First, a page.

The NBA is currently in the midst of an unprecedented period of increasing popularity and profitability on its own, but – to inelegantly mix industry metaphors – a successful dairy farmer knows a cash cow when he sees one. With basketball business as good as it’s ever been, and the product thriving on the court, in the stands and on televisions at home, the league is diving into a new, semi-related and rapidly growing virtual arena: eSports.
The NBA 2K eLeague, launching in 2018, is the first example of an American pro sports association officially taking a stake in an eSports league. The venture is in partnership with Take-Two Interactive Software, which has for years published the "NBA 2K" video-game series, and is an opportunity for the NBA to access and embrace the enormous, expanding community of fans flocking to eSports.
While organized online and offline video game competitions are nothing new, participation in and spectatorship of such events have surged in recent years – especially thanks to mobile devices – and the sector has widely professionalized, with a proliferation of players, teams, leagues and genres, as well as an explosion in revenue. According to the gaming market research firm NewZoo, the number of eSports enthusiasts is expected to increase from 148 million this year to 345 million by 2019, and total revenue – estimated at $493 million in 2016, after 51 percent growth – is predicted to reach nearly $1.5 billion by 2020.
Clearly, the NBA, which had revenues of more than $5 billion in 2015, sees not only a good investment at present, but also a vital way to interact with millions of fans around the globe in the future – especially since eSports could soon surpass traditional sports in terms of popularity.
As commissioner Adam Silver put it in a statement: "We believe we have a unique opportunity to develop something truly special for our fans and the young and growing eSports community."
When the eLeague launches in 2018, the NBA expects about half of its franchises to field teams, with the hope that all 30 eventually will come on board. The Milwaukee Bucks, Philadelphia 76ers, Memphis Grizzlies, Miami Heat, Golden State Warriors and Washington Wizards have already made independent investments in eSports, per the Sports Business Journal.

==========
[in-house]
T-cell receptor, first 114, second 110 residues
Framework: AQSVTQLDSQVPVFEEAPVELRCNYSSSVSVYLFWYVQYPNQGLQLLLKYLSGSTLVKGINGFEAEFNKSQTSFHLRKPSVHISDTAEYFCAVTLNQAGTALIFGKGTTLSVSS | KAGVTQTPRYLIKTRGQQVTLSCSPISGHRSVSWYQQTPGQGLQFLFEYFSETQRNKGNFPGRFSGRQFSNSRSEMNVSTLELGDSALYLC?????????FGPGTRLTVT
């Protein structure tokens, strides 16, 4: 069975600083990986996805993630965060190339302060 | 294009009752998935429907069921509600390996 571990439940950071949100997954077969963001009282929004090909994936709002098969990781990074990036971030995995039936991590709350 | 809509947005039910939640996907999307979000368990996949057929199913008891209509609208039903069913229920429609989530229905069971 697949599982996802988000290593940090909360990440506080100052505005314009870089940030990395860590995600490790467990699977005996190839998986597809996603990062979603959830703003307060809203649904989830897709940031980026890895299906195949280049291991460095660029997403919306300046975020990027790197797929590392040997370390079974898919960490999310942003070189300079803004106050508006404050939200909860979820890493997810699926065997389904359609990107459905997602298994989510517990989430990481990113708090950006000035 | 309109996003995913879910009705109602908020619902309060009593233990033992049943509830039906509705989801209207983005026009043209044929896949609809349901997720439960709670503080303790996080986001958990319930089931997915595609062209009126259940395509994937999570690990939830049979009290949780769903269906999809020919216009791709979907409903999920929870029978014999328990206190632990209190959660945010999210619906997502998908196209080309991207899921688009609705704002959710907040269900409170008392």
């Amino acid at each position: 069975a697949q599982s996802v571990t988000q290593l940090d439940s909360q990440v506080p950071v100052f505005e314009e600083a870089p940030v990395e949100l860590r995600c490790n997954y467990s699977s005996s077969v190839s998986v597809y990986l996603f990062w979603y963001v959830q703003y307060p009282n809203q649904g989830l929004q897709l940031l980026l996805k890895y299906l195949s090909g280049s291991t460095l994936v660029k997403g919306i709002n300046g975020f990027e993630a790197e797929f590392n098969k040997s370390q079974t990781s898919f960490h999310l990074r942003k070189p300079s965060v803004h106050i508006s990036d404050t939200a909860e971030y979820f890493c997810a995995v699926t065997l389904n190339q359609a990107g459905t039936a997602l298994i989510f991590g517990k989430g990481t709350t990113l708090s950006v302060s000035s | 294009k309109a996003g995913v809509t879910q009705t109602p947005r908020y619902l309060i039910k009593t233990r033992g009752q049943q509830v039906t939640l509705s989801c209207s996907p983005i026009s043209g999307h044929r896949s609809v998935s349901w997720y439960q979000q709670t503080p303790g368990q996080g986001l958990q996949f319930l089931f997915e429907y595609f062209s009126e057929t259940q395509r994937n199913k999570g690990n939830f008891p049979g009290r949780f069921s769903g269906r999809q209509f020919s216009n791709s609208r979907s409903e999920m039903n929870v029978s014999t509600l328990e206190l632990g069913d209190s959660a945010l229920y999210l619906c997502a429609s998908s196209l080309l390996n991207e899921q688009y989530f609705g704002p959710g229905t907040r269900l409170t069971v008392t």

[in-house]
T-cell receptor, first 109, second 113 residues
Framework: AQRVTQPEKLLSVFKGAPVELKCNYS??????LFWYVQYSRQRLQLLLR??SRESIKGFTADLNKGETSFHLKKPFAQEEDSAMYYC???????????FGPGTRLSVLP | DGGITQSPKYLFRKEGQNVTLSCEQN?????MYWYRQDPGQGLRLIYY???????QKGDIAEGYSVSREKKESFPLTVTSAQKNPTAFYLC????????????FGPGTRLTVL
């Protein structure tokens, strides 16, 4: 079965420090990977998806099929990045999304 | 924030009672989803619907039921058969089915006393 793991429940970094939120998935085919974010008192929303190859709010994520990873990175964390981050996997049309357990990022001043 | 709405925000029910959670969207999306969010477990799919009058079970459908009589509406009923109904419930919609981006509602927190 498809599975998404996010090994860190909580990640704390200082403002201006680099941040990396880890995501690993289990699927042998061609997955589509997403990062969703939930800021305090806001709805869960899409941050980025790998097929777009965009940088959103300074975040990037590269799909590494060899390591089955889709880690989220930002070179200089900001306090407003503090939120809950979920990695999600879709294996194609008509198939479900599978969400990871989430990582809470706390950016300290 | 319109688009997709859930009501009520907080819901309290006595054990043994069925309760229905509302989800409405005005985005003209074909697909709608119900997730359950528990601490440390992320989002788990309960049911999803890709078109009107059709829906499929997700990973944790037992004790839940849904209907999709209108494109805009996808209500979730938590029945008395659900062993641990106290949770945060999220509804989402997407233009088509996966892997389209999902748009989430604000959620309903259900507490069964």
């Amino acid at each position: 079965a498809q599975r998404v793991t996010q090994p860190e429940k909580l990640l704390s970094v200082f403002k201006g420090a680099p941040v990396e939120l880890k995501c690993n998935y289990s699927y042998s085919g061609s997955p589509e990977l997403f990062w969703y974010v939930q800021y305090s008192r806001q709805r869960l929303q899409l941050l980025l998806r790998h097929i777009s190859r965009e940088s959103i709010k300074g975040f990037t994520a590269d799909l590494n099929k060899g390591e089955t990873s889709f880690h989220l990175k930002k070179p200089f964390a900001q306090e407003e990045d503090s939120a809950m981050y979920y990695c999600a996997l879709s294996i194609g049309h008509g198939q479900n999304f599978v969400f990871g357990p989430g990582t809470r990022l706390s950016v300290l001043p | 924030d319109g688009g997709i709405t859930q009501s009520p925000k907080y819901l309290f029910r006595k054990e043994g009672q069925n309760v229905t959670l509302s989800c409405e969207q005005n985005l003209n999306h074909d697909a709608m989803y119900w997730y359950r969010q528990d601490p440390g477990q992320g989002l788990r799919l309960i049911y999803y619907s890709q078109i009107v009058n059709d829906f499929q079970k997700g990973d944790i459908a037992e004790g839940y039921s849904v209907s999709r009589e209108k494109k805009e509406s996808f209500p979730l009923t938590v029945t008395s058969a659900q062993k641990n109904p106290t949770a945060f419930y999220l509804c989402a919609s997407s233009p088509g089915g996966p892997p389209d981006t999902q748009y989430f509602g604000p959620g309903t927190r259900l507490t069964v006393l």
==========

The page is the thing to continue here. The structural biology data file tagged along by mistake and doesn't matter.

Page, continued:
The NBA 2K eLeague squads will comprise five players – pro gamers who are recruited via tryouts, paid salaries and play the game as user-created avatars – and be operated by current NBA franchises. The eLeague will mirror the NBA’s actual basketball campaign, with an 82-game regular season followed by a playoff system that leads to a championship.
The NBA is the latest entity seeking to take advantage of the fast-rising popularity of eSports, which is starting to be shown more on TV and becoming increasingly prevalent on Facebook and YouTube. Distribution partners for the 2K eLeague have not yet been revealed, but coverage of the competitions is expected to take place both online and on TV broadcasts. NewZoo anticipates nearly 430 million viewers of eSports by 2019.
Though the NBA is the virtual trailblazer of the four major professional sports leagues, Major League Baseball has put toes in the eSports water, too. Last year, its BAMTech streaming-video unit, co-owned by Disney, partnered with Riot Games to produce and deliver global "League of Legends" programming, aiming to stream and monetize the company’s popular multiplayer online battle arena game.
In addition, Turner and WME-IMG collaborated to form ELeague, a professional "Counter-Strike: Global Offensive" league that, starting last summer, aired on TBS and was streamed on Twitch. In 2015, video game developers Activision and Electronic Arts launched competitive gaming divisions – beating Take-Two to the punch – with the former buying Major League Gaming, and the latter recently announcing a deal with ESPN to broadcast FIFA eSports tournaments on the majority of the network’s channels.
The NBA and Take-Two have been partners since 1999, with the "NBA 2K" video game series selling approximately 70 million copies to date, including 7 million for the current 2017 edition.
On a local level, you can read about Milwaukee Bucks co-owner Wes Edens' investment in eSports here.
Born in Milwaukee but a product of Shorewood High School (go ‘Hounds!) and Northwestern University (go ‘Cats!), Jimmy never knew the schoolboy bliss of cheering for a winning football, basketball or baseball team. So he ditched being a fan in order to cover sports professionally - occasionally objectively, always passionately. He's lived in Chicago, New York and Dallas, but now resides again in his beloved Brew City and is an ardent attacker of the notorious Milwaukee Inferiority Complex.
After interning at print publications like Birds and Blooms (official motto: "America's #1 backyard birding and gardening magazine!"), Sports Illustrated (unofficial motto: "Subscribe and save up to 90% off the cover price!") and The Dallas Morning News (a newspaper!), Jimmy worked for web outlets like CBSSports.com, where he was a Packers beat reporter, and FOX Sports Wisconsin, where he managed digital content. He's a proponent and frequent user of em dashes, parenthetical asides, descriptive appositives and, really, anything that makes his sentences longer and more needlessly complex.
Jimmy appreciates references to late '90s Brewers and Bucks players and is the curator of the unofficial John Jaha Hall of Fame. He also enjoys running, biking and soccer, but isn't too annoying about them. He writes about sports - both mainstream and unconventional - and non-sports, including history, music, food, art and even golf (just kidding!), and welcomes reader suggestions for off-the-beaten-path story ideas.